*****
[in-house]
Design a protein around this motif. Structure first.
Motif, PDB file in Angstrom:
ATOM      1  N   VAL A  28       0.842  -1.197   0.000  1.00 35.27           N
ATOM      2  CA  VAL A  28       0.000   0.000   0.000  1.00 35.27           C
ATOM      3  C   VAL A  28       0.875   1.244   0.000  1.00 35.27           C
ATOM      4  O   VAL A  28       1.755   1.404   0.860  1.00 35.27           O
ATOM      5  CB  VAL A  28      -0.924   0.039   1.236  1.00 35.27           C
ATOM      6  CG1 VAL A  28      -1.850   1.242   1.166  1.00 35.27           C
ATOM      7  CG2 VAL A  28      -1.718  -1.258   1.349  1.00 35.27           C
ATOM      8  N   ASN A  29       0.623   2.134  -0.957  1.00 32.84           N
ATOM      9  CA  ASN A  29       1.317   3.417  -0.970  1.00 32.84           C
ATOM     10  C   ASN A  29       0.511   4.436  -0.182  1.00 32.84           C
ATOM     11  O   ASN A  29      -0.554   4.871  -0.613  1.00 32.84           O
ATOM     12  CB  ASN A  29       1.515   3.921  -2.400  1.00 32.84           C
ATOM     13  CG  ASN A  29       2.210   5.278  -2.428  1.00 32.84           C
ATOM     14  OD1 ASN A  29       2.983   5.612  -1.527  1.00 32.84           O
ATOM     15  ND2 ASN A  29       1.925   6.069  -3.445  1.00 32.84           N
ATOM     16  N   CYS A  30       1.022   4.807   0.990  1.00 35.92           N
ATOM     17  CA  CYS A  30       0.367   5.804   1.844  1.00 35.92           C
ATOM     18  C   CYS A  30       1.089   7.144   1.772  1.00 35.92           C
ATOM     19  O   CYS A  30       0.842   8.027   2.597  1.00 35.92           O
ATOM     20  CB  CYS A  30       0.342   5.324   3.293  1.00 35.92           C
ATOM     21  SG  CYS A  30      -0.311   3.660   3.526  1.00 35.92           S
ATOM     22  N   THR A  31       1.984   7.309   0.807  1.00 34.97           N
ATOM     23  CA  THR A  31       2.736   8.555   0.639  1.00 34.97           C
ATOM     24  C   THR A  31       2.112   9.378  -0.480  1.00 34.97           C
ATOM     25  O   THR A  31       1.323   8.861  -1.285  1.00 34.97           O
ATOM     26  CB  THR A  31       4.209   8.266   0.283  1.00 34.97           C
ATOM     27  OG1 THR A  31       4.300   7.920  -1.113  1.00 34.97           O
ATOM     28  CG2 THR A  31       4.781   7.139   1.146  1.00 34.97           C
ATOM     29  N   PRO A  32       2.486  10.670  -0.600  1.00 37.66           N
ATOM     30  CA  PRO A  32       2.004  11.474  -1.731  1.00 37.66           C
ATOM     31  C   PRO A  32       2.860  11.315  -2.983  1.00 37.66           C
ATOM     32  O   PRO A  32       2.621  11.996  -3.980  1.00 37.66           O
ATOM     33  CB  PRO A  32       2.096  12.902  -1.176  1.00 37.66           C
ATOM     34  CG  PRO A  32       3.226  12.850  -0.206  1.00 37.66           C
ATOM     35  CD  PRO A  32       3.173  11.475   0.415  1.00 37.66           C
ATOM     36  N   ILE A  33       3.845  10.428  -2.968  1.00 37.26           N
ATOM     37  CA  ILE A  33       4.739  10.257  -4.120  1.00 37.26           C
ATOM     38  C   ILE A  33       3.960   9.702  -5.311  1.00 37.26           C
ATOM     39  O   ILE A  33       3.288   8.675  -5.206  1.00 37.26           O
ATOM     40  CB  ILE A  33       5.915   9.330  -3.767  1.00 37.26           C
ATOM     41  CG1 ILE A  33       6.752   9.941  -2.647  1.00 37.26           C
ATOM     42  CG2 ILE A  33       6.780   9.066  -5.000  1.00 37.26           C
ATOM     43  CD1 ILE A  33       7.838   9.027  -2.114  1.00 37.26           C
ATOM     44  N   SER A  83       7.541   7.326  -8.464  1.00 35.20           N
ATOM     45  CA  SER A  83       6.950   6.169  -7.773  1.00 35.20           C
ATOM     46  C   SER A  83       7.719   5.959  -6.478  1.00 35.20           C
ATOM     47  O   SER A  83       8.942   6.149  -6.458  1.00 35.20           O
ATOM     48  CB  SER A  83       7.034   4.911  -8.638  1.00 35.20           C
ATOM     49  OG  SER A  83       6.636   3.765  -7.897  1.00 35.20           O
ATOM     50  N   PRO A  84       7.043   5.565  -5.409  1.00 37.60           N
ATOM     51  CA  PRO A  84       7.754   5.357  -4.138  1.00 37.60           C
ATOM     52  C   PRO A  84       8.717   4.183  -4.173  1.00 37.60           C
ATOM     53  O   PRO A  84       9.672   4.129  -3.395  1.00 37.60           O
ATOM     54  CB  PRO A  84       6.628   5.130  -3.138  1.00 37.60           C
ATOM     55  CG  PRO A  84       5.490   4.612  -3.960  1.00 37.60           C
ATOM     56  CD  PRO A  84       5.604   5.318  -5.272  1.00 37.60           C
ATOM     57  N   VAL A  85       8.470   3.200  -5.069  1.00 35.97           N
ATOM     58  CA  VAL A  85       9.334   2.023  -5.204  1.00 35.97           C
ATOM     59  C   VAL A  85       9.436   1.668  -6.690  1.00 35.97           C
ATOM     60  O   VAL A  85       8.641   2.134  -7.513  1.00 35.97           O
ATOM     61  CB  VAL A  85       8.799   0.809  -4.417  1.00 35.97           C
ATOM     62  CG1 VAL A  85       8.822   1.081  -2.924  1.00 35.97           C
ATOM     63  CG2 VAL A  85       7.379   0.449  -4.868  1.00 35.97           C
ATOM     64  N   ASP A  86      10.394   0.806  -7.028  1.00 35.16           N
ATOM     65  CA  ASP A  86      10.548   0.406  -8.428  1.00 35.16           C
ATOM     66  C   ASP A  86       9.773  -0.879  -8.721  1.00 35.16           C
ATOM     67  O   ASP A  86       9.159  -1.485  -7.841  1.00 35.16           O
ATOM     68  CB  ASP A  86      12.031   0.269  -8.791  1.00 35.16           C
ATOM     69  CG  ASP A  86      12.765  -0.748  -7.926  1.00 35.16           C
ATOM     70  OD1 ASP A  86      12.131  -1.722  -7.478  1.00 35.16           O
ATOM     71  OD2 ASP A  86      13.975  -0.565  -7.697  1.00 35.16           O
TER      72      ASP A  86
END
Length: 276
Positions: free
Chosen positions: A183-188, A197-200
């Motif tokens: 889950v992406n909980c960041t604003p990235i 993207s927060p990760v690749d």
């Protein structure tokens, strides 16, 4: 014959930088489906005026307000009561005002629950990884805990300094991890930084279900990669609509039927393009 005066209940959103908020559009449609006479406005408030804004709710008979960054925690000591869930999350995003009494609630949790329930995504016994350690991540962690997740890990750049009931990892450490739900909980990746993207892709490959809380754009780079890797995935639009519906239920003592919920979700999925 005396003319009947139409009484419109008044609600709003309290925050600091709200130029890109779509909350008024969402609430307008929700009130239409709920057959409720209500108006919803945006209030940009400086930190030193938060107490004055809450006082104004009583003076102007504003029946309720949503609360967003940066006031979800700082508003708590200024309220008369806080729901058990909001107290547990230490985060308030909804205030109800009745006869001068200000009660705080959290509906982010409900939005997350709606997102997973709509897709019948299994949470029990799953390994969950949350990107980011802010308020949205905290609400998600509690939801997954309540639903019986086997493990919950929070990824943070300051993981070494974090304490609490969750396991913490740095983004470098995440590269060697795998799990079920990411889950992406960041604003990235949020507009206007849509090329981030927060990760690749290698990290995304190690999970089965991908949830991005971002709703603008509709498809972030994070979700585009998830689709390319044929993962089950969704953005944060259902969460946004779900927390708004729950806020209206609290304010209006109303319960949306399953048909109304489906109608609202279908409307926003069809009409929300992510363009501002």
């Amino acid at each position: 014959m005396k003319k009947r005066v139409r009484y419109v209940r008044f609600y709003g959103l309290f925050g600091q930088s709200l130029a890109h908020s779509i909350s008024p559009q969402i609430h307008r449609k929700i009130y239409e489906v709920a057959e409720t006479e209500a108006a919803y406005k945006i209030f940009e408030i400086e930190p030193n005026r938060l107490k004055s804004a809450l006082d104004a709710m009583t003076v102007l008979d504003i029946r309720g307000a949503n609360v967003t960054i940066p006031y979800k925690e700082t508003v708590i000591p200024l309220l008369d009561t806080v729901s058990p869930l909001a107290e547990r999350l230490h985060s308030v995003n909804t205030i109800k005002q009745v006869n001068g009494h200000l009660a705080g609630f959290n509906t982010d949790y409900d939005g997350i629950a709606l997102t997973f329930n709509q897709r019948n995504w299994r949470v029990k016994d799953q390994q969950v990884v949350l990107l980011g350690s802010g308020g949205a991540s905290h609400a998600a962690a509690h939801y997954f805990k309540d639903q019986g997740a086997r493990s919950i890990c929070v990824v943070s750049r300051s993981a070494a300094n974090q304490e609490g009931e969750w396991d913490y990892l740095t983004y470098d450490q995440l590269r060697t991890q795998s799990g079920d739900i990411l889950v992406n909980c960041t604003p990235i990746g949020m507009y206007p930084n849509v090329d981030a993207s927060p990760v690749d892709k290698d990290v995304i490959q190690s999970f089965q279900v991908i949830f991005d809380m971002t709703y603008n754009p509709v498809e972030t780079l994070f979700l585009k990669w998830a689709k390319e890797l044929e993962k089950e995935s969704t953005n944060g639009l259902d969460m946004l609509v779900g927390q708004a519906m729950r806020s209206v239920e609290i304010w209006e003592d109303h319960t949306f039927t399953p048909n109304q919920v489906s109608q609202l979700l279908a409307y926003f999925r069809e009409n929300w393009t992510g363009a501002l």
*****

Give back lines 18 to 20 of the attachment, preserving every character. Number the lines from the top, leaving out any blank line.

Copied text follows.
ATOM     15  ND2 ASN A  29       1.925   6.069  -3.445  1.00 32.84           N
ATOM     16  N   CYS A  30       1.022   4.807   0.990  1.00 35.92           N
ATOM     17  CA  CYS A  30       0.367   5.804   1.844  1.00 35.92           C